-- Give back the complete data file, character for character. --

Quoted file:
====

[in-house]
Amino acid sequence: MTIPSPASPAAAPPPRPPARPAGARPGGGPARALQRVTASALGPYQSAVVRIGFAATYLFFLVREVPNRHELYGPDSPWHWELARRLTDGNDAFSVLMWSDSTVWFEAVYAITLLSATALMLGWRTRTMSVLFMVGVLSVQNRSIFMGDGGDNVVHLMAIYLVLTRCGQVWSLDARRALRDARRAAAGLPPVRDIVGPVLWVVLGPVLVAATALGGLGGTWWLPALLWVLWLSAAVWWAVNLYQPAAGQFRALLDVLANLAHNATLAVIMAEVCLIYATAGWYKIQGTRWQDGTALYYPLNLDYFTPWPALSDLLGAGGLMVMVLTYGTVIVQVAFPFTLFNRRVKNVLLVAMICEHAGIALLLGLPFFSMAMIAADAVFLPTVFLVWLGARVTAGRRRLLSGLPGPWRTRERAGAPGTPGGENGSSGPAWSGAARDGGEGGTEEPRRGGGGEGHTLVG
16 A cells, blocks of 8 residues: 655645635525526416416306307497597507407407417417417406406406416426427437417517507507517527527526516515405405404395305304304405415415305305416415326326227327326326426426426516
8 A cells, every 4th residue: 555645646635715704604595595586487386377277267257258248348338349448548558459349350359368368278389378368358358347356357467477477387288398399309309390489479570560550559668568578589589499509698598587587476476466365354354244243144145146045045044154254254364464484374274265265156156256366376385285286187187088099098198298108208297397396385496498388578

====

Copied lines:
[in-house]
Amino acid sequence: MTIPSPASPAAAPPPRPPARPAGARPGGGPARALQRVTASALGPYQSAVVRIGFAATYLFFLVREVPNRHELYGPDSPWHWELARRLTDGNDAFSVLMWSDSTVWFEAVYAITLLSATALMLGWRTRTMSVLFMVGVLSVQNRSIFMGDGGDNVVHLMAIYLVLTRCGQVWSLDARRALRDARRAAAGLPPVRDIVGPVLWVVLGPVLVAATALGGLGGTWWLPALLWVLWLSAAVWWAVNLYQPAAGQFRALLDVLANLAHNATLAVIMAEVCLIYATAGWYKIQGTRWQDGTALYYPLNLDYFTPWPALSDLLGAGGLMVMVLTYGTVIVQVAFPFTLFNRRVKNVLLVAMICEHAGIALLLGLPFFSMAMIAADAVFLPTVFLVWLGARVTAGRRRLLSGLPGPWRTRERAGAPGTPGGENGSSGPAWSGAARDGGEGGTEEPRRGGGGEGHTLVG
16 A cells, blocks of 8 residues: 655645635525526416416306307497597507407407417417417406406406416426427437417517507507517527527526516515405405404395305304304405415415305305416415326326227327326326426426426516
8 A cells, every 4th residue: 555645646635715704604595595586487386377277267257258248348338349448548558459349350359368368278389378368358358347356357467477477387288398399309309390489479570560550559668568578589589499509698598587587476476466365354354244243144145146045045044154254254364464484374274265265156156256366376385285286187187088099098198298108208297397396385496498388578